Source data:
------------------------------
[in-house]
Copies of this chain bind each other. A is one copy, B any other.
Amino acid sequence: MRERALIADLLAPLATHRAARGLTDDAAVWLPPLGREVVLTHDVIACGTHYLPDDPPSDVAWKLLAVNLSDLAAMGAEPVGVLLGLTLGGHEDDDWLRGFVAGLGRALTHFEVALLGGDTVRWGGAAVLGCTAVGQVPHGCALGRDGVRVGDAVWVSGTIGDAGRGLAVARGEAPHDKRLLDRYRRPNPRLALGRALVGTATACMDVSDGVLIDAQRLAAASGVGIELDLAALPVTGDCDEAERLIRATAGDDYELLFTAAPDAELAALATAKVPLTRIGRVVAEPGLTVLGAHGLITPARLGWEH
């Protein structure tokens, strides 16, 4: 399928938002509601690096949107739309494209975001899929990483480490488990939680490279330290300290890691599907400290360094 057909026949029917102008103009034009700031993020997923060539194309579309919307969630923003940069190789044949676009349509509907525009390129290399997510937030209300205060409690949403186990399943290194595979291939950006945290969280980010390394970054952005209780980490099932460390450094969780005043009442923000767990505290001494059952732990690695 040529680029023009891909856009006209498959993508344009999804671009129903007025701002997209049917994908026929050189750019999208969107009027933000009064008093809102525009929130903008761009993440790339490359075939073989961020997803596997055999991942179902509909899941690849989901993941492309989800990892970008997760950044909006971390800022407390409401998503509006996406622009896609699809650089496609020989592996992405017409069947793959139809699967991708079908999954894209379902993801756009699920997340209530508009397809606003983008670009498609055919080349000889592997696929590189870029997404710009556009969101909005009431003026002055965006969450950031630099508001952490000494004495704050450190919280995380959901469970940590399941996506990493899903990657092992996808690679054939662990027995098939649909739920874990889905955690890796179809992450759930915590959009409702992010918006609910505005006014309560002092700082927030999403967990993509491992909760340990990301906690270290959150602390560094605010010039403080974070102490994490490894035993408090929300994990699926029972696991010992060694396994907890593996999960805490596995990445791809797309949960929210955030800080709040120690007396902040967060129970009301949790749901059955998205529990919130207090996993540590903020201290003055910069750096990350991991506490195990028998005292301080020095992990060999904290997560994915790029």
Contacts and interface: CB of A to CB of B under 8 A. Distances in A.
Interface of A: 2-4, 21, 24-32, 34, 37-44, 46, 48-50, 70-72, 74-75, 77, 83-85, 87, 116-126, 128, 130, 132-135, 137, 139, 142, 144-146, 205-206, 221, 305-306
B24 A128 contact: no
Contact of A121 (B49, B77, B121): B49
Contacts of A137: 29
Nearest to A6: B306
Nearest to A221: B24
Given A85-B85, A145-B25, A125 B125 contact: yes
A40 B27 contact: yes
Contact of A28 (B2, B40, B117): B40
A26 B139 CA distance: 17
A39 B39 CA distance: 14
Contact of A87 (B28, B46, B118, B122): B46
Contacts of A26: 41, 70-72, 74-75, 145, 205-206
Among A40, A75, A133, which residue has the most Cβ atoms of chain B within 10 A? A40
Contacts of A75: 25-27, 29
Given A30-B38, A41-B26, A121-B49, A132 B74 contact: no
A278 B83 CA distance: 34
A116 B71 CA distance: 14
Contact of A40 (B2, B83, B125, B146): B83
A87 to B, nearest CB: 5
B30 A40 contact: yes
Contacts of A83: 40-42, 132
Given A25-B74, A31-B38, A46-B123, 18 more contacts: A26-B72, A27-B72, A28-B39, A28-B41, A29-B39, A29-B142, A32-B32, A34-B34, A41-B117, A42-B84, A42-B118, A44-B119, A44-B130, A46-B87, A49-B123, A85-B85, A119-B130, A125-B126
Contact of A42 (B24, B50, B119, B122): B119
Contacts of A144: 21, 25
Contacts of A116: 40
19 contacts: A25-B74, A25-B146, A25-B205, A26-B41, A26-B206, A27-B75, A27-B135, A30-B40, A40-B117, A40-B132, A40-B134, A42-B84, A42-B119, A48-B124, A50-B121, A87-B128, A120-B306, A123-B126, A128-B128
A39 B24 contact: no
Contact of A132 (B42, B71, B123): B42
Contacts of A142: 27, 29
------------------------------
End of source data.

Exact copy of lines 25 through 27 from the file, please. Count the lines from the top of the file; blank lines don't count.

A87 to B, nearest CB: 5
B30 A40 contact: yes
Contacts of A83: 40-42, 132